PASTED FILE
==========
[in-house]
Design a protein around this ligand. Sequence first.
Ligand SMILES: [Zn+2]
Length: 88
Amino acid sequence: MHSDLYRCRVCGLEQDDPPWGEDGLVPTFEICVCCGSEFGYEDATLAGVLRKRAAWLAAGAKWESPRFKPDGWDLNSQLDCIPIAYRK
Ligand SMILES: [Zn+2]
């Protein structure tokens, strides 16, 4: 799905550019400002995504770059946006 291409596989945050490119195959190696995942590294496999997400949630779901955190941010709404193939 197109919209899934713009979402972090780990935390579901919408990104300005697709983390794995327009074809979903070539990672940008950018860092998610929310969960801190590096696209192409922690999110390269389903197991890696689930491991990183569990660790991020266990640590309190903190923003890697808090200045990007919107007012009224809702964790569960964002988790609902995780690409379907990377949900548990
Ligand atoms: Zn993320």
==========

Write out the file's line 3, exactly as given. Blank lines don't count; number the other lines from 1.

Ligand SMILES: [Zn+2]